Late last year, the U.S. Food & Drug Administration (FDA) issued an alert after hospitals in several states reported that patients who had undergone CT perfusion brain scans had experienced radiation overdoses. Machines involved in the botched CT scans, made by General Electric and Toshiba, had been wrongly calibrated and subjected patients to 8 times the appropriate dose of radiation. It is not yet know if the botched <"https://www.yourlawyer.com/practice_areas/medical_malpractice">CT scans were the result of a machine malfunction or human error.
The FDA issued alerts in October and December 2009. At least 260 patients were injured in this way at Cedars-Sinai Medical Center in Los Angeles, California. CT scan machines there had been set at the higher level since February 2008, but went undetected for 18 months. It wasn’t until patients began complaining of hair loss and skin reddening that the error was found.
According to various media reports, the FDA was also investigating 10 incidents at Glendale Adventist Medical Center and an unknown number of cases at Providence St. Joseph Medical Center in Burbank, California. An unnamed Huntsville, Alabama hospital was also the site of reports, the agency said.
Patients who received these radiation overdoses now face an increased susceptibility to a variety of health problems that are caused by radiation poisoning. These include organ damage and cancer.
Based on its investigation, the FDA issued interim recommendations for imaging facilities, radiologists, and radiologic technologists to help prevent additional cases of excess exposure. These recommendations apply to all CT perfusion images, including brain and heart, because they use similar procedures and protocols.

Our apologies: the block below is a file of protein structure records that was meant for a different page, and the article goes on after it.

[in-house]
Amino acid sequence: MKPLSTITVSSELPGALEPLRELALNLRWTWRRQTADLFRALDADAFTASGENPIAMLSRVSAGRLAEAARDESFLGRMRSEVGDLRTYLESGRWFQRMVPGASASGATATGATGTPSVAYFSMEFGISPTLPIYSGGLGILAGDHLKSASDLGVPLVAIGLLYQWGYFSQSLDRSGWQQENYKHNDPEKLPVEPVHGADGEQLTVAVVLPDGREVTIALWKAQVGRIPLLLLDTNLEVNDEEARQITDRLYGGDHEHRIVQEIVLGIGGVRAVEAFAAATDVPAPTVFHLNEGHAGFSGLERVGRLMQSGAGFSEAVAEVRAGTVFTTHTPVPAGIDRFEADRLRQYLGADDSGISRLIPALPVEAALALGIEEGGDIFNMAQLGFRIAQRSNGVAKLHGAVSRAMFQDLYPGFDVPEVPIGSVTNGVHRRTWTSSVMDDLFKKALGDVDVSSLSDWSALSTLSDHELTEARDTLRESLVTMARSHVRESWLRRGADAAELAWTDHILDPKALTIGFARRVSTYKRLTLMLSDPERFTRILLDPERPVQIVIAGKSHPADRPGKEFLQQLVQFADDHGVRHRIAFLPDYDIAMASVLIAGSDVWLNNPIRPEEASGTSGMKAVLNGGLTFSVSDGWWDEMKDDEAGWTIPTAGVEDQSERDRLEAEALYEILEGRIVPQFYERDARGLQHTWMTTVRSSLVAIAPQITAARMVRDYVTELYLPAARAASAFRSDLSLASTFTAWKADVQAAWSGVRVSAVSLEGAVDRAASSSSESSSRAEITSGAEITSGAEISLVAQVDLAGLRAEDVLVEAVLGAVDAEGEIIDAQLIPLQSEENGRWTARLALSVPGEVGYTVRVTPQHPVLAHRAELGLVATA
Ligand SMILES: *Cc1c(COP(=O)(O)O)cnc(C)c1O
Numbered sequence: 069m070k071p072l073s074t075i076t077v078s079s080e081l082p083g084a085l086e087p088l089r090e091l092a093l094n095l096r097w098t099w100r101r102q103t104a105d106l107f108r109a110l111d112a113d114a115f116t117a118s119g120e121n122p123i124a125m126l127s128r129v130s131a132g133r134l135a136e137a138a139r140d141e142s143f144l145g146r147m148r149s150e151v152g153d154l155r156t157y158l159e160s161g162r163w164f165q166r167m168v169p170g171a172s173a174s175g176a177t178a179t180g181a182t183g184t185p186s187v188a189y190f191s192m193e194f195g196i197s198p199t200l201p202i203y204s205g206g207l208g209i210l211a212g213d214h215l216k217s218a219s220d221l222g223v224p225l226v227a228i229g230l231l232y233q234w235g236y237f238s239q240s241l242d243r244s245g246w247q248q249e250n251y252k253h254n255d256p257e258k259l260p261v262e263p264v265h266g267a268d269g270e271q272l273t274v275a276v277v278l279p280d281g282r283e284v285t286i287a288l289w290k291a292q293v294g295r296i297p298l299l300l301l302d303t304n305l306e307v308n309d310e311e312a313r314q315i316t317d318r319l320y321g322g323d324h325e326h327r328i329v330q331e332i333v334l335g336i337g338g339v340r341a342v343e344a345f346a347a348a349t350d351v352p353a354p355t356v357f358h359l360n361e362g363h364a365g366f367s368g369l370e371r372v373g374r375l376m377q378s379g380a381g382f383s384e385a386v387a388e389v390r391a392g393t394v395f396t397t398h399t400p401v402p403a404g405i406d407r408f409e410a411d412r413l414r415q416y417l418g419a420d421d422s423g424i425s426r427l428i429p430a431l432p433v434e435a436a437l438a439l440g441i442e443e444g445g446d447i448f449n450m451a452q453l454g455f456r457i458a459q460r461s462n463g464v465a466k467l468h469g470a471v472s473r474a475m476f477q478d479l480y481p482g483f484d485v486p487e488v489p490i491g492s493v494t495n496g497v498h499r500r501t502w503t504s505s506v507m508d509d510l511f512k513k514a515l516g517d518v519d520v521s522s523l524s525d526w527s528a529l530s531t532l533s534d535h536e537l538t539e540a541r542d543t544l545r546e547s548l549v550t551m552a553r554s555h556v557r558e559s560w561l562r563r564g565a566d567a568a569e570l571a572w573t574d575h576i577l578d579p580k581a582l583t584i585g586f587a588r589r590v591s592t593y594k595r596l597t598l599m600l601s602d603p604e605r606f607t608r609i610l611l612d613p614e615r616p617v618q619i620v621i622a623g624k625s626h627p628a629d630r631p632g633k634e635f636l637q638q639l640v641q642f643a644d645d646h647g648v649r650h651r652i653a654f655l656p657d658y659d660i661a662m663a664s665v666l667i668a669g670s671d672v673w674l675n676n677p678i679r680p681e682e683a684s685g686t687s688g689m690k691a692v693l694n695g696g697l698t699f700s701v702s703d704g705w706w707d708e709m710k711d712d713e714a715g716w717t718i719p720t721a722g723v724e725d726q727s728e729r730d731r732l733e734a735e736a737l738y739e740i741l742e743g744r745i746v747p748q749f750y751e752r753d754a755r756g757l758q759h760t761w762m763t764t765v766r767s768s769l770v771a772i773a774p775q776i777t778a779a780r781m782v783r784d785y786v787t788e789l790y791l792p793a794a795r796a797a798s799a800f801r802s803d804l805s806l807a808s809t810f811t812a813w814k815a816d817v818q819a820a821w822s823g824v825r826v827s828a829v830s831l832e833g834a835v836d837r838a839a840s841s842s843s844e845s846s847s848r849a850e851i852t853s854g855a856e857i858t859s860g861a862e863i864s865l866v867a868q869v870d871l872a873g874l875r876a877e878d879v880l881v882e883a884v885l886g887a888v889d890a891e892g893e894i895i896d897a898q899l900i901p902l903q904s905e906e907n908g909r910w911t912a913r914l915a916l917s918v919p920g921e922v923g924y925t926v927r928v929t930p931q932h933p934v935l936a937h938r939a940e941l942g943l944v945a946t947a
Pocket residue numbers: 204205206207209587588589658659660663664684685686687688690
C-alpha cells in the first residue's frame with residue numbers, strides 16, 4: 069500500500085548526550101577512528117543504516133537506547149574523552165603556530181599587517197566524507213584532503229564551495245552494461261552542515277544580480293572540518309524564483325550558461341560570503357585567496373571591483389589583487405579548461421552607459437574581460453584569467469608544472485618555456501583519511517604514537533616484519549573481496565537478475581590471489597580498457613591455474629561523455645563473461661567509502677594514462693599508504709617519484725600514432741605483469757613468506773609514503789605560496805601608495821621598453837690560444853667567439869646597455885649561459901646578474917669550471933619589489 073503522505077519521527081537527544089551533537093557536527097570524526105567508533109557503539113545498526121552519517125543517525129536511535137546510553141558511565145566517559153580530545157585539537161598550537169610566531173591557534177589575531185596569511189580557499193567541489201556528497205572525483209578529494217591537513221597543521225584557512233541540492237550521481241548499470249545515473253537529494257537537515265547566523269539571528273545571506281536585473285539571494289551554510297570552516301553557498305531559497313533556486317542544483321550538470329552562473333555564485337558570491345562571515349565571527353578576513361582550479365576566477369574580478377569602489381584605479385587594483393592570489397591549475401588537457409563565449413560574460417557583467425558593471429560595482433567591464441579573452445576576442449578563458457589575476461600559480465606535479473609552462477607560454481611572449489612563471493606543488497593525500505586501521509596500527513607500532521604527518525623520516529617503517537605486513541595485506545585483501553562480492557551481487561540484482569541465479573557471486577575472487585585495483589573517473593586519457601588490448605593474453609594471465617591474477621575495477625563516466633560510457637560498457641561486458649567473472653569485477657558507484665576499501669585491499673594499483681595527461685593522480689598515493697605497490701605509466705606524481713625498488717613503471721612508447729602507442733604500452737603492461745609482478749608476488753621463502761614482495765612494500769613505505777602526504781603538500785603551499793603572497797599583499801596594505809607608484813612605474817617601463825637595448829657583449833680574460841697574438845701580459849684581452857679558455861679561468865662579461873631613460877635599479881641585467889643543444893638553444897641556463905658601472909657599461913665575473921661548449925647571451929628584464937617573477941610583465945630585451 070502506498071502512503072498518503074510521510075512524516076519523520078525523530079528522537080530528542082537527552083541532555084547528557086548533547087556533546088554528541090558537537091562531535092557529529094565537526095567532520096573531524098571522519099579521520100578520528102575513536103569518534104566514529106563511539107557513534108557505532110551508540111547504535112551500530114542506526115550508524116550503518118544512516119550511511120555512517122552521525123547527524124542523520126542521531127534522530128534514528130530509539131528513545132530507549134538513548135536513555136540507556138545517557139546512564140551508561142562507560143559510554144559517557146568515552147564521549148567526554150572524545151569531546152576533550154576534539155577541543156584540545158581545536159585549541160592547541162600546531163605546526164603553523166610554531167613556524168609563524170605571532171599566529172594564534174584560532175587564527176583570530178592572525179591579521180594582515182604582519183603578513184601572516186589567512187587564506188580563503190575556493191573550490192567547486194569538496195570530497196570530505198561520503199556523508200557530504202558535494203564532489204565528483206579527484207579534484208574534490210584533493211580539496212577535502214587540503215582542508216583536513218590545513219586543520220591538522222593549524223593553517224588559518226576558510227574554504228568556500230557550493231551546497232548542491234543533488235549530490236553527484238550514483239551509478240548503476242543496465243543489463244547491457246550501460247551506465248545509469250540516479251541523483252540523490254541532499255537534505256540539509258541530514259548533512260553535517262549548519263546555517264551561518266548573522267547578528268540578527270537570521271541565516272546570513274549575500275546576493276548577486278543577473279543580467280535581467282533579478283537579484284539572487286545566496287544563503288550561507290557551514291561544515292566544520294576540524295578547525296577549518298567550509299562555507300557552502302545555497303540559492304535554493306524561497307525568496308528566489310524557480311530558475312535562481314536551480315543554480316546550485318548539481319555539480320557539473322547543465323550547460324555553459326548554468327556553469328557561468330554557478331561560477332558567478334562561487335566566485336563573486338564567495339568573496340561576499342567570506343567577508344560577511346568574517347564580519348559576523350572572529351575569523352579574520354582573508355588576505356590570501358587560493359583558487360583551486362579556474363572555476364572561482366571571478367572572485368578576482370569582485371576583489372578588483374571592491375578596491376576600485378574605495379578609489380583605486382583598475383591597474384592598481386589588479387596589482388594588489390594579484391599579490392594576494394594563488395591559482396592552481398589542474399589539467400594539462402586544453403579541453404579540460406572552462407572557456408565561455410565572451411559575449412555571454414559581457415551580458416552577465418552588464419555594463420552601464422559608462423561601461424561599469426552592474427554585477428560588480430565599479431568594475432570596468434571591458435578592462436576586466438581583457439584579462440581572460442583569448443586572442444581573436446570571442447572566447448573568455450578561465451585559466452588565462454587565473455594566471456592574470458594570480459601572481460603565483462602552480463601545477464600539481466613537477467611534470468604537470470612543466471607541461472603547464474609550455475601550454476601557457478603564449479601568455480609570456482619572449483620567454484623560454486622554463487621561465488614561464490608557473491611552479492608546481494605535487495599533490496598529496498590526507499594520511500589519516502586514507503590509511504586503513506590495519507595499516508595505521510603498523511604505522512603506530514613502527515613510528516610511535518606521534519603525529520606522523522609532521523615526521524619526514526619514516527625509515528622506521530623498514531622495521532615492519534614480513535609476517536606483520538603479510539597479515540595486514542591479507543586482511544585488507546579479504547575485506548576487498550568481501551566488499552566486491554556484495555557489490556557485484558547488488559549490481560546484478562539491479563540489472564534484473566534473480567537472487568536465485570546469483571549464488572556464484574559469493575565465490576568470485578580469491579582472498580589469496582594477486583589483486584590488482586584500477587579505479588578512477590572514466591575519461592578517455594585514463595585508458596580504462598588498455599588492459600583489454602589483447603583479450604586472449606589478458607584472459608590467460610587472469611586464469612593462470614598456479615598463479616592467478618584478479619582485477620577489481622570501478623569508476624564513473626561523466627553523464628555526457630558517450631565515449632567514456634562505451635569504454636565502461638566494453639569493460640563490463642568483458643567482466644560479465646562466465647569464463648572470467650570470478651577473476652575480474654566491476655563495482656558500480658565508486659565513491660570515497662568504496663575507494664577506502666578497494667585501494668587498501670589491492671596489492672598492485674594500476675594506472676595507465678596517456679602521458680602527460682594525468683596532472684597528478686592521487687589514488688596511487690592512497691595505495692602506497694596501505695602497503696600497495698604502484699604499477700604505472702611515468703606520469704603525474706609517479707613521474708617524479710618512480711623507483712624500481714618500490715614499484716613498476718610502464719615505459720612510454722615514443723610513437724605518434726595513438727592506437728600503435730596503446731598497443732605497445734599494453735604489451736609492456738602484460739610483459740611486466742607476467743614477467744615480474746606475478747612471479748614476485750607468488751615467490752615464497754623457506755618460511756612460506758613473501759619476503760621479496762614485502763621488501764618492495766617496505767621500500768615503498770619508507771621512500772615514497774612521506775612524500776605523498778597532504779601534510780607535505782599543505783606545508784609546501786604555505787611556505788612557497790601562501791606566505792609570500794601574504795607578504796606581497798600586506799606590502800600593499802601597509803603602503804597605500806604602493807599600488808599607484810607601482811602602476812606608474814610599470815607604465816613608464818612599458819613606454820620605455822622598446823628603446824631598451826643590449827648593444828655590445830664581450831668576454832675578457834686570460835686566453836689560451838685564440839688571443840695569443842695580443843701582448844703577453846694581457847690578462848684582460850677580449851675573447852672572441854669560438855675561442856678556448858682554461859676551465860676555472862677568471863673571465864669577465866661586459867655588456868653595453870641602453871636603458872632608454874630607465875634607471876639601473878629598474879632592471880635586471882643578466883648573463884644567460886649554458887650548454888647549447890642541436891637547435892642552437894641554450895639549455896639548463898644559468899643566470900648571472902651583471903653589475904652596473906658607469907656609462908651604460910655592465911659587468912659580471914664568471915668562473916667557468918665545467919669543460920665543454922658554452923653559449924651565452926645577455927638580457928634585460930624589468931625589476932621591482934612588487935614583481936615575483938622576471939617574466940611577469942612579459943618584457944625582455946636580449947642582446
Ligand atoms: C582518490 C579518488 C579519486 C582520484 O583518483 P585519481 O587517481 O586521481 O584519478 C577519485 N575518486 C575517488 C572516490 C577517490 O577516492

These recommendations include:
1. Facilities assess whether patients who underwent CT perfusion scans received excess radiation.
2. Facilities review their radiation dosing protocols for all CT perfusion studies to ensure that the correct dosing is planned for each study.
3. Facilities implement quality control procedures to ensure that dosing protocols are followed every time and the planned amount of radiation is administered.
4. Radiologic technologists check the CT scanner display panel before performing a study to make sure the amount of radiation to be delivered is at the appropriate level for the individual patient.
5. If more than one study is performed on a patient during one imaging session, practitioners should adjust the dose of radiation so it is appropriate for each study.
Since the FDA issued its alerts, a number of lawsuits have been filed against GE Healthcare, Cedars-Sinai and other facilities where these radiation overdoses occurred. Among other things, the lawsuits seek funds to monitor individuals over the long-term for health problems associated with radiation poisoning.